A stock trading ticket is a form that confirms that a securities trade has been executed. In other words, it’s your receipt. Informally known as deal tickets, trading tickets are required by the Securities and Exchange Commission. Stock trading tickets provide all the details of a stock transaction that you need for recordkeeping and tax purposes.
What Goes on a Trading Ticket
In the past, stock trading tickets were paper forms. Today, they are typically created in electronic format. Whatever the medium, a stock trading ticket contains the same information. The ticket states whether the trade was a buy, sell or other order type, such as a short sale, and identifies the stock traded. The number of shares and the price are listed along with the date and time the trade was executed. The account number of the person making the trade is included, as are the names of the broker who executed the order and that of the broker with whom the transaction was carried out. Stock trading tickets also record the exchange where the trade took place. If a foreign currency was involved, it is listed along with the currency exchange rate. Stock trading tickets also detail the transaction costs and net amount after subtracting these costs.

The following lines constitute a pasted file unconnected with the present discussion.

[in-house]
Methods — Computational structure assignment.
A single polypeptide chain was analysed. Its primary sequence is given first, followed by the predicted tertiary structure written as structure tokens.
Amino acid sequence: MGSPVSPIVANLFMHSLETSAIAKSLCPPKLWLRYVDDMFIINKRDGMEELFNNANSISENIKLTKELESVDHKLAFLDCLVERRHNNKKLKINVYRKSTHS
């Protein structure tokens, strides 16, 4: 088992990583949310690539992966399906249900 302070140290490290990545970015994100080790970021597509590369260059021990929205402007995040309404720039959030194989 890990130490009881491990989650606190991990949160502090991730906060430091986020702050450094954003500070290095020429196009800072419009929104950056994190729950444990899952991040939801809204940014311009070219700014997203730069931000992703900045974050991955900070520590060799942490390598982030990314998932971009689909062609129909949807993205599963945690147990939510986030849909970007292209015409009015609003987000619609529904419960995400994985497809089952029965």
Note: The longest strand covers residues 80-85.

Based in Atlanta, Georgia, W D Adkins has been writing professionally since 2008. He writes about business, personal finance and careers. Adkins holds master's degrees in history and sociology from Georgia State University. He became a member of the Society of Professional Journalists in 2009.